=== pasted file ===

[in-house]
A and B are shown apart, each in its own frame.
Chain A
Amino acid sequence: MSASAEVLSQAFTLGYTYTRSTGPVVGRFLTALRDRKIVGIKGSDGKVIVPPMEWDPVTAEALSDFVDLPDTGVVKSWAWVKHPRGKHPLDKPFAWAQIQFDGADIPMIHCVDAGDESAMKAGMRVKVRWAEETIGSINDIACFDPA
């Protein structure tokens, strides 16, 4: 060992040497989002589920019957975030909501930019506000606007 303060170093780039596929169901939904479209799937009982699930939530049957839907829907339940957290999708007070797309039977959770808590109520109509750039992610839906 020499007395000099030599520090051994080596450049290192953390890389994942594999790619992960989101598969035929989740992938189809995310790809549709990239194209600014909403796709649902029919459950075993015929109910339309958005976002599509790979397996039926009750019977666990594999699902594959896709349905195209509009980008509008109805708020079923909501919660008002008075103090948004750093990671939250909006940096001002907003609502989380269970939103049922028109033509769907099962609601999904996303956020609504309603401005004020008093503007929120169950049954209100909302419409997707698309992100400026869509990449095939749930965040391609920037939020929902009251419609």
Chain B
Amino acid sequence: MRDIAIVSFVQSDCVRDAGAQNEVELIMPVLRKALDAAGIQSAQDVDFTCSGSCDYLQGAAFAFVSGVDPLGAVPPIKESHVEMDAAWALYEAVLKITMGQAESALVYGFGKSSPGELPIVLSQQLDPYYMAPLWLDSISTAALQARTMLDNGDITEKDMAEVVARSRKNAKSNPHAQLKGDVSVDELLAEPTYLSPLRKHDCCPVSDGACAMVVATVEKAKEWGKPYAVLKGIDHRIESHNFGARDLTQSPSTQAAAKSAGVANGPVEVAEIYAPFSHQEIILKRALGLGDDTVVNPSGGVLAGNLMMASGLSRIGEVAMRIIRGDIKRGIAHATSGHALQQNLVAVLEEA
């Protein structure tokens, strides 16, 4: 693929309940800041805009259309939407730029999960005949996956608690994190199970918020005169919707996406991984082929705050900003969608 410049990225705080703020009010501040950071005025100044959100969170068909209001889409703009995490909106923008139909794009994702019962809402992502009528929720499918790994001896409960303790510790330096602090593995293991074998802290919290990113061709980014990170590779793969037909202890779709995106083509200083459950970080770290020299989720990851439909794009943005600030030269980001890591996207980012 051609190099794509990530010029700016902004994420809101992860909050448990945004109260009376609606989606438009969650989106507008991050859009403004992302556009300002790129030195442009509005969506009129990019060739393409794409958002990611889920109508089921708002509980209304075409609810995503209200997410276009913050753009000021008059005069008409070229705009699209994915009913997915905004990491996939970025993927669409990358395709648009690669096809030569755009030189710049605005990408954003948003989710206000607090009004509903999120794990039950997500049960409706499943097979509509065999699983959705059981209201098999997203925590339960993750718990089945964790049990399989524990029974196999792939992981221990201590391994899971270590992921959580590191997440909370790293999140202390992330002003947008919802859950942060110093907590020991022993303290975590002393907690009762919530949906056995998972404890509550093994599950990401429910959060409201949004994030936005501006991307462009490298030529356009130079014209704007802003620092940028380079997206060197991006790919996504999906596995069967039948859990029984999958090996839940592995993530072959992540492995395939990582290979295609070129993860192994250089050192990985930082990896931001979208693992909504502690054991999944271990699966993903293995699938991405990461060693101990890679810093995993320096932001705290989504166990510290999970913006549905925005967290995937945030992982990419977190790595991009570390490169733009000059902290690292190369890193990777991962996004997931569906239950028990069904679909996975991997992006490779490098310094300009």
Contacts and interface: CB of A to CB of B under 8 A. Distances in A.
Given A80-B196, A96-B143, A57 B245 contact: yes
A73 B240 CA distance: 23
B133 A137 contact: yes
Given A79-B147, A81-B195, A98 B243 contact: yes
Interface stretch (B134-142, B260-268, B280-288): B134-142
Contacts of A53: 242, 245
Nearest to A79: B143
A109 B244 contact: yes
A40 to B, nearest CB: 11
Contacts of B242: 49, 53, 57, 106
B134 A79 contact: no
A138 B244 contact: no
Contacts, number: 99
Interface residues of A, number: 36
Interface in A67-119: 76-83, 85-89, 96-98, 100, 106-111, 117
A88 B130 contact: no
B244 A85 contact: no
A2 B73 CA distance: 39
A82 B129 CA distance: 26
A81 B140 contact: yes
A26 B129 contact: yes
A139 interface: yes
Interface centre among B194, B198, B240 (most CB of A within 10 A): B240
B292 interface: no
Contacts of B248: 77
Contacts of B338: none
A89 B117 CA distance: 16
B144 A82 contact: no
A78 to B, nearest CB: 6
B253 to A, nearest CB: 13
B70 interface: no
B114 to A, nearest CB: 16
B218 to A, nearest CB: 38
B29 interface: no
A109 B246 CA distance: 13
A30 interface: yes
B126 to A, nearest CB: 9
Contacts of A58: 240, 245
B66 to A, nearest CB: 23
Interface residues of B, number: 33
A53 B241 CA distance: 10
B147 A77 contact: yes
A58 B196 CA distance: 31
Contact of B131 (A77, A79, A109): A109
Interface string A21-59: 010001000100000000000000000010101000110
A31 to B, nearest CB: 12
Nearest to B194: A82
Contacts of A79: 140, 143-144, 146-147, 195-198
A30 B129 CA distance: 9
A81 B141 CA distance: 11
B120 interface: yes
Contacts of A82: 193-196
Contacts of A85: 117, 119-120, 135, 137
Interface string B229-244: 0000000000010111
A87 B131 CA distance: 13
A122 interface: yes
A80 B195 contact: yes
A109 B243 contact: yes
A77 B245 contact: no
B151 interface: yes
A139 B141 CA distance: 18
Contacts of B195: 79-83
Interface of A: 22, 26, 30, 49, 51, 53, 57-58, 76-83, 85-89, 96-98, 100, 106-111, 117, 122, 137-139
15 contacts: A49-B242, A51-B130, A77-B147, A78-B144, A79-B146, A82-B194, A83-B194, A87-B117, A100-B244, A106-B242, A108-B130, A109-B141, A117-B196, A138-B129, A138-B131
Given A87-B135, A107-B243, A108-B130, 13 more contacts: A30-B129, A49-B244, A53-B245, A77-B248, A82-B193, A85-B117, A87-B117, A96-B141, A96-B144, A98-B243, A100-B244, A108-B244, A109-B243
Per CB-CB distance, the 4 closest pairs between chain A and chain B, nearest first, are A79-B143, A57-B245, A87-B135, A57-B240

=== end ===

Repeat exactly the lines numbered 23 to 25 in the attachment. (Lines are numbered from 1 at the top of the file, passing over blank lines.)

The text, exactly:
Interface residues of A, number: 36
Interface in A67-119: 76-83, 85-89, 96-98, 100, 106-111, 117
A88 B130 contact: no